James Akers, Director of Product Management.
It’s no secret that the British healthcare system is under-pressure and that a huge proportion of this weight could be removed if we all looked after our health a little better. One in four people still die due to preventable diseases, such as heart or respiratory issues. Meanwhile lifestyle-related illnesses cost the NHS more than £11bn a year, with the associated sick days leaving British firms £77 billion worse off annually due to lost productivity. The combined cost to the British economy is huge – and it’s within everyone’s best interests to solve the problem.
Over the past decade, we’ve seen a subtle shift in who’s assuming responsibility for healthcare, with employers increasingly feeling and demonstrating a duty of care for employees, so that some of the load is removed from the state. This makes sound business sense really; if employees are healthier, they take fewer sick days and are less likely to develop long-term health conditions that will result in high premiums for private health insurance.
This shift of responsibility to the employer has coincided with advances in healthcare technology – which over the last decade has made its way out of operating theatres and into the everyday lives of health-conscious individuals.
These two areas are converging so that we’re seeing employers increasingly turn to technology to drive improved health within their workforces. While this isn’t a wholly altruistic move, it is one with positive repercussions for society and the public purse.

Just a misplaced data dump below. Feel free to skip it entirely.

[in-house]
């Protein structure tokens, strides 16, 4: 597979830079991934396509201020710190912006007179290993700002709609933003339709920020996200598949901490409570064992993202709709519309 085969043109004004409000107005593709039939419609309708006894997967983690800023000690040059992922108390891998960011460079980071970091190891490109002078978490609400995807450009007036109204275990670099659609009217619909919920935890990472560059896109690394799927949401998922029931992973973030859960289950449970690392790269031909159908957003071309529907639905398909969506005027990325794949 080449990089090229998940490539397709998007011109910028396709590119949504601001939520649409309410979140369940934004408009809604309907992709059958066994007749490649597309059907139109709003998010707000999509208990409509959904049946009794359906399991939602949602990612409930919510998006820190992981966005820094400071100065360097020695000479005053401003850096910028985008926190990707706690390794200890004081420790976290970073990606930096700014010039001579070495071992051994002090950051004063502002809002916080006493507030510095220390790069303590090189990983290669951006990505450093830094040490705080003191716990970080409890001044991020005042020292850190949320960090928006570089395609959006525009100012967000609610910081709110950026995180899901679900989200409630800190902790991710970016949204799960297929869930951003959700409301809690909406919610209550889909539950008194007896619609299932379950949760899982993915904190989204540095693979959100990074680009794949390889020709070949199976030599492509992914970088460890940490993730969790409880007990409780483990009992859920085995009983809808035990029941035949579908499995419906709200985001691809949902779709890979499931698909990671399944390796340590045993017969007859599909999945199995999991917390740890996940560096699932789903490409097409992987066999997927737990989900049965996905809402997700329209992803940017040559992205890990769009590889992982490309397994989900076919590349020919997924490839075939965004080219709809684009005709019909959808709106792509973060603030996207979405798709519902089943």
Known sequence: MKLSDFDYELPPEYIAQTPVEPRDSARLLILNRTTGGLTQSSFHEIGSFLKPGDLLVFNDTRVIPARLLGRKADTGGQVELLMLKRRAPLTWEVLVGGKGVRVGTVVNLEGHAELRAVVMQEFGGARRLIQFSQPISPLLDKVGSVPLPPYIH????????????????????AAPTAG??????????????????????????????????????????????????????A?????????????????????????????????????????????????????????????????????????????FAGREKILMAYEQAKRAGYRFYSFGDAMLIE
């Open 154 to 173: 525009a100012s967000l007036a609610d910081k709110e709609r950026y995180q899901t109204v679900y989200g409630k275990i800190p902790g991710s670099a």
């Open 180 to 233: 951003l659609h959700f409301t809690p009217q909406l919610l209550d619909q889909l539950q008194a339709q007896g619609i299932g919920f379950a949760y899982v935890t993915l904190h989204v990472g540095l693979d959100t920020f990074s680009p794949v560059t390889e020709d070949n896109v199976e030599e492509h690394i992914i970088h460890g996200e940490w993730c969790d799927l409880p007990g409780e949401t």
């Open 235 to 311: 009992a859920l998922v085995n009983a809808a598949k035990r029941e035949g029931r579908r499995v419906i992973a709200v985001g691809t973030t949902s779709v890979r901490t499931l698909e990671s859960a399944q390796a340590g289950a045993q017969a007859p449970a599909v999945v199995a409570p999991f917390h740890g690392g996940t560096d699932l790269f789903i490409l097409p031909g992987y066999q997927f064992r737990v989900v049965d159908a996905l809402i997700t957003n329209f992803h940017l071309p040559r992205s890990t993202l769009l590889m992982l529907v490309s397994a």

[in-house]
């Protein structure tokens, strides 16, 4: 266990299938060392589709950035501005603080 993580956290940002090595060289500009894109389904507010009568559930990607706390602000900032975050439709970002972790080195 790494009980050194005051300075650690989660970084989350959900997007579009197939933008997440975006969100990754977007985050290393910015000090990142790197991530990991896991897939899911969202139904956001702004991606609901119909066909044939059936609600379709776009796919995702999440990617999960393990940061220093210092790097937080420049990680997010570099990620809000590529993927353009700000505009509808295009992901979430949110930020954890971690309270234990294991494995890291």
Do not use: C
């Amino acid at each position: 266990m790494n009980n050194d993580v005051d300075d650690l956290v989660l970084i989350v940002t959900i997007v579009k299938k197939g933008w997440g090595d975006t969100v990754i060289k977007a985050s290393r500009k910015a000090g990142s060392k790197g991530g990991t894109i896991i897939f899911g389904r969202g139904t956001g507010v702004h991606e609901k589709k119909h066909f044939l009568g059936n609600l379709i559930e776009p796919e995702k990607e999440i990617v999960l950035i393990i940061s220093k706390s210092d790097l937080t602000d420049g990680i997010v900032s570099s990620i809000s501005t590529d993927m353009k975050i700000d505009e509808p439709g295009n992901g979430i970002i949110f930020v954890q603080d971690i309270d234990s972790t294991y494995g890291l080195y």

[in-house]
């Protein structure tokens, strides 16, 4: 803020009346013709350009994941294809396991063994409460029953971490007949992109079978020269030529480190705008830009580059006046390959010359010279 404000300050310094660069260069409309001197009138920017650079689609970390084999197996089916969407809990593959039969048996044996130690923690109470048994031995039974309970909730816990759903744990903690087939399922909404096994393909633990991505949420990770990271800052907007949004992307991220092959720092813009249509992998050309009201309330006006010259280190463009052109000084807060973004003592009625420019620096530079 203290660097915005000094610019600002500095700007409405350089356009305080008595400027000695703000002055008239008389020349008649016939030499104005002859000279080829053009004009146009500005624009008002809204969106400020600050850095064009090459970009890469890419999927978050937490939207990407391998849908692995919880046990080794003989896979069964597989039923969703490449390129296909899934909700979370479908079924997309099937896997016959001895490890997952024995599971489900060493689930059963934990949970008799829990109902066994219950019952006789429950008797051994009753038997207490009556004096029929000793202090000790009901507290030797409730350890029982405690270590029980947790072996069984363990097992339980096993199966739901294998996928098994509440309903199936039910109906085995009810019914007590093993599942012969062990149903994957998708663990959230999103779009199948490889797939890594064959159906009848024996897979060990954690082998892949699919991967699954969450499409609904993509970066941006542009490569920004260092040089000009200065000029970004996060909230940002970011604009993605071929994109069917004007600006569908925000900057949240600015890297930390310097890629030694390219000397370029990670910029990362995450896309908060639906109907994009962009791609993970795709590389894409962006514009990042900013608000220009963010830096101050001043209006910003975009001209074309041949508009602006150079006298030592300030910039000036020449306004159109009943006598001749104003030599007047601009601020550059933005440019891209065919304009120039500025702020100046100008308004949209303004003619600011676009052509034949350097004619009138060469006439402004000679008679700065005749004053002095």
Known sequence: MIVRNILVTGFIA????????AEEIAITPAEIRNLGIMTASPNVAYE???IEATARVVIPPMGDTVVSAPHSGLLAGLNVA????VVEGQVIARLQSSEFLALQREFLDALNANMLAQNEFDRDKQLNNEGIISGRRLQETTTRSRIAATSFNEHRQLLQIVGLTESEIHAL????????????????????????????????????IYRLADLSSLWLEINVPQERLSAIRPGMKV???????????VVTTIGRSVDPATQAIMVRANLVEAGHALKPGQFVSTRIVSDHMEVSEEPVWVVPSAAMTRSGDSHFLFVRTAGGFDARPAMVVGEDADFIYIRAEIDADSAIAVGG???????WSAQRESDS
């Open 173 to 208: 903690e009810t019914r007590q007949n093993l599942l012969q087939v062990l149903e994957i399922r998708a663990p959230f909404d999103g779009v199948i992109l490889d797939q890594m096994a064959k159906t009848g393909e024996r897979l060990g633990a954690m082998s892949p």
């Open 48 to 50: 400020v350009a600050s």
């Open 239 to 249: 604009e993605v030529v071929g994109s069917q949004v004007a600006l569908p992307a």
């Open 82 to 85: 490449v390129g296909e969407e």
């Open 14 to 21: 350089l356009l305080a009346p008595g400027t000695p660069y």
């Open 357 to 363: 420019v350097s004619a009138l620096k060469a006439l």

The rise of fitness tracking
One area where we’ve seen considerable advancements over recent years is fitness tracking. UK insurer, Vitality, was a frontrunner in this space – enabling employees to link their fitness tracker or mobile to their scheme and earn points/rewards for activity. More recently we’ve seen US insurer, John Hancock, apply fitness tracking to all its schemes. While controversial, this presents clear value to all involved. Employees benefit from reduced premiums, employers feel their people’s gratitude for facilitating this, while insurers ensure they’re covering a healthier group of people.
Looking at what employers already offer, alongside the latest innovations in self-care, we can make an educated guess as to what might be next on employers’ agendas.
Health assessments are already a common facet in PMI schemes, while genome sequencing kits, such as those offered by 23andMe, are gaining increasing traction among the general public. You can see how these could be wrapped into an employers’ healthcare package to offer their people a window into the medical conditions they may be at risk from developing or passing on in the future. Tests could be undertaken at the start of employment and supported by annual health assessments, treatment through PMI and more light-touch preventative healthcare benefits, such as free fruit. The result would be a holistic healthcare package, uniquely personalised to the employee.
Immersive technologies; bringing a new dimension to workplace health